Due to the increasing number of firework displays, investigations on environmental impacts are necessary. Besides direct possible dangers like the exposure to sound pressures or malfunctioning fireworks, gaseous reaction products and particulate matter (PM) emitted from the fireworks present high potential harm to the environment and the public.
Andreas Dutschke, Federal Institute for Materials Research and Testing (BAM), Berlin, Germany, and colleagues investigated results of PM measurements during large firework displays. The aerosol concentrations were measured with an engine exhaust particle sizer (EEPS) and an laser particle counter (LPC). The EEPS measures the electrical mobility diameter, as the particles are charged through a corona discharge and dispersed and detected in an electrical field. The LPC instead measures the optical diameter through the interruption of a laser beam.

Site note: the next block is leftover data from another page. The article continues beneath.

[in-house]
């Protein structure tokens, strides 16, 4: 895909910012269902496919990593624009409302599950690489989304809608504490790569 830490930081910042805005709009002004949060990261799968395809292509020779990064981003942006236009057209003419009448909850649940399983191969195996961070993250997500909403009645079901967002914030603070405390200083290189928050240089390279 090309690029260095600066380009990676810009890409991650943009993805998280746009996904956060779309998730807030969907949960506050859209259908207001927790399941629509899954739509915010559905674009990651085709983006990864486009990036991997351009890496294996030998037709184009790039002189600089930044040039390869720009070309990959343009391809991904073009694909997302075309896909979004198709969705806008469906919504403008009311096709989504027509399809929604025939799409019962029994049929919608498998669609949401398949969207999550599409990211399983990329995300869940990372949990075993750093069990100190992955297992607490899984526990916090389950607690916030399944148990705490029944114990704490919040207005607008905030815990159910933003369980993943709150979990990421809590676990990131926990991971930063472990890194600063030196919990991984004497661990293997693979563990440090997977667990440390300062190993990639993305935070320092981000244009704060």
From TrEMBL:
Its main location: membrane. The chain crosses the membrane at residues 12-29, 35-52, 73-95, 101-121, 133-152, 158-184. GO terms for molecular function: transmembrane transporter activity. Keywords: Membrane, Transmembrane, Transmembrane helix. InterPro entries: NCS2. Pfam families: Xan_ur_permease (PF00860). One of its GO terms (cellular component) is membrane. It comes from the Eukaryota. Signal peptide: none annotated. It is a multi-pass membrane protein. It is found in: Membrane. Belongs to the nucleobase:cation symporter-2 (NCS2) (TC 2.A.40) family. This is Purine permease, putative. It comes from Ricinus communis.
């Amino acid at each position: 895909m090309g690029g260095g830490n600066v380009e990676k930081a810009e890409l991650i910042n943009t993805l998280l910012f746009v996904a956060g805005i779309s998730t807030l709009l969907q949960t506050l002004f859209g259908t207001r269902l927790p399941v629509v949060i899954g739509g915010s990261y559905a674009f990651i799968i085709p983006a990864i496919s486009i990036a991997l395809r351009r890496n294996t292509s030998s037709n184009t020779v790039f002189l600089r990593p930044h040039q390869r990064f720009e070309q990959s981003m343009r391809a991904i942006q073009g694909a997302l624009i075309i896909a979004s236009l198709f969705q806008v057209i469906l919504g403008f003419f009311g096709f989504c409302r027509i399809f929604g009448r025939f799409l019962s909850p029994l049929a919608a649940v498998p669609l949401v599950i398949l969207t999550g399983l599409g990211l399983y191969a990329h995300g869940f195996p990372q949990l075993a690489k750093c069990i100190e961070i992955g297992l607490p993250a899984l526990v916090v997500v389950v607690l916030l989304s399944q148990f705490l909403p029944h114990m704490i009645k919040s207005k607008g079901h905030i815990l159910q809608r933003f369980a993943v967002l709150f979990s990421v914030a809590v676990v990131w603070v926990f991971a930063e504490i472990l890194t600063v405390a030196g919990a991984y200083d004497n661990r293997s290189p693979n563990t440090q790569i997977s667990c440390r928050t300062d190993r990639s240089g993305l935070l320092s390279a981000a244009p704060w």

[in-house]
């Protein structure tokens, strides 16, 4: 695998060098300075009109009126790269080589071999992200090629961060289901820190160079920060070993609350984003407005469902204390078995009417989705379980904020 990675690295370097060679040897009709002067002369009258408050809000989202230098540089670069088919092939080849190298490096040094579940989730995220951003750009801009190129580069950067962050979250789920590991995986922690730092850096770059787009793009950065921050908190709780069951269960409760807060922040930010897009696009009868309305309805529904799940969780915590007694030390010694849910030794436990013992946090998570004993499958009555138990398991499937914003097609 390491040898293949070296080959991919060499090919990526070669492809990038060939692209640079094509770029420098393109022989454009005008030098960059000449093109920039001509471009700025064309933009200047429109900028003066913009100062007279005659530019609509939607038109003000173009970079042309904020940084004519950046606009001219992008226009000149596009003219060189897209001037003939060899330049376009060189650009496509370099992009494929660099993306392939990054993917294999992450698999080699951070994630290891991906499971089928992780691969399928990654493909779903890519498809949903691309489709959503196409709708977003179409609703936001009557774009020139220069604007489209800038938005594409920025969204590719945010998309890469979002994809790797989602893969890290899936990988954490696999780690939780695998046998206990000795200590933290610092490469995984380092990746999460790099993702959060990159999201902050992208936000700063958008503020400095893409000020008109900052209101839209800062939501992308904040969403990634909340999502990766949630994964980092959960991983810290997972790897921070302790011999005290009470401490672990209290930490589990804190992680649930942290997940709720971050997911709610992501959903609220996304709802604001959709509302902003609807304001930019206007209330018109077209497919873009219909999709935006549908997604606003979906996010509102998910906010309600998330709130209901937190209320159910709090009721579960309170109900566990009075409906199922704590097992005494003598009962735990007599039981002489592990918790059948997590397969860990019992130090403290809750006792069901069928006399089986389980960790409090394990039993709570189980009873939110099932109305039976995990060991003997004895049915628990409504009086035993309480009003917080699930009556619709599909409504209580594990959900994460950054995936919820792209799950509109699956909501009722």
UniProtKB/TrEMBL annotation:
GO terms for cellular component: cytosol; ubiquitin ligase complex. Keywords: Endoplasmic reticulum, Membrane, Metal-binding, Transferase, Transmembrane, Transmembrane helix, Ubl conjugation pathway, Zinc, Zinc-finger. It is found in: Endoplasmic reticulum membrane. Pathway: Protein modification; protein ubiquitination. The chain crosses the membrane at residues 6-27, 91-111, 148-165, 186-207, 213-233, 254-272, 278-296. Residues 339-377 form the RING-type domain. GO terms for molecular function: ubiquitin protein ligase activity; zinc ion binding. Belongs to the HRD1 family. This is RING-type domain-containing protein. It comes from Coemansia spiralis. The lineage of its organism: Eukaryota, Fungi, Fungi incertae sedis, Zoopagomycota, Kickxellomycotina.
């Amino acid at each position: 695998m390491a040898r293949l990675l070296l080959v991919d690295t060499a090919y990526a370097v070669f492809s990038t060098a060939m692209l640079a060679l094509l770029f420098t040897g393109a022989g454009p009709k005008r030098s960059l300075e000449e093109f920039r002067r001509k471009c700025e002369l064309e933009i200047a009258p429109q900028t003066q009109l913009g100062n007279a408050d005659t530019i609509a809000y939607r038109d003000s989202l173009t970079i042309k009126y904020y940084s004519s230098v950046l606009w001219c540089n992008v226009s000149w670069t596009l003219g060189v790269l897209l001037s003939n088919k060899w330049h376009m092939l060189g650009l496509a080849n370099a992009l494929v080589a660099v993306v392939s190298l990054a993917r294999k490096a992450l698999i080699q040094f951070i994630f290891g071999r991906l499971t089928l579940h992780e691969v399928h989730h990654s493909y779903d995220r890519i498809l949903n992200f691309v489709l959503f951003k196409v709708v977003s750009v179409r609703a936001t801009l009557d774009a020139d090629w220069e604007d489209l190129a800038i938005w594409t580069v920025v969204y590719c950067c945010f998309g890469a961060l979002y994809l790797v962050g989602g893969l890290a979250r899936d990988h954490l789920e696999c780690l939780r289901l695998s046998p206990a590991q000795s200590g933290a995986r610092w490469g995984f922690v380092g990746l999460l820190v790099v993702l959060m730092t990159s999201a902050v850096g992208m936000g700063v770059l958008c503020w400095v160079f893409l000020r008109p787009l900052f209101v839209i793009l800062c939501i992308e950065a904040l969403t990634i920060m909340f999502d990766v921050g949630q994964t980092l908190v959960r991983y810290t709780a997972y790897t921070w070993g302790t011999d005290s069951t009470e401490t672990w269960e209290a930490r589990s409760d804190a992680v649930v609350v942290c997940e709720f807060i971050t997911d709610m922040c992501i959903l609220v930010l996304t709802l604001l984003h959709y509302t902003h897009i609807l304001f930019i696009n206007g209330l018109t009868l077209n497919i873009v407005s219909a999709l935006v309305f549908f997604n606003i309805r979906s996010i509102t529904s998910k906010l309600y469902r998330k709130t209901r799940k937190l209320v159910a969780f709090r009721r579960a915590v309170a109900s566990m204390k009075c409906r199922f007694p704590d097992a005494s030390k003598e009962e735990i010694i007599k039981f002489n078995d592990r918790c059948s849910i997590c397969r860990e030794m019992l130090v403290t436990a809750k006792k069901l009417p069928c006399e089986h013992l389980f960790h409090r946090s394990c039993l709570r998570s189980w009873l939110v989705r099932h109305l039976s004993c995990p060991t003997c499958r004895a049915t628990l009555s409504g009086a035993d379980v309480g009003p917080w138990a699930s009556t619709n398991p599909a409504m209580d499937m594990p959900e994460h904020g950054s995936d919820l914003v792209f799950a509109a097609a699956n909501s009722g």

Considering only the number/mass concentrations in combination with the threshold values, a substantial hazard arising from the aerosol emissions towards the environment and the public was not observed. However, short-term peaks in particle concentrations still present a significantly higher risk for the involved persons. A final evaluation of the possible hazard arising from fireworks emissions can only be given when considering the chemical composition of the emitted particles with regard to toxicity issues. Future investigations should therefore comprise a particle size-dependent analysis to determine the chemical composition of the particles and to estimate the toxic potential.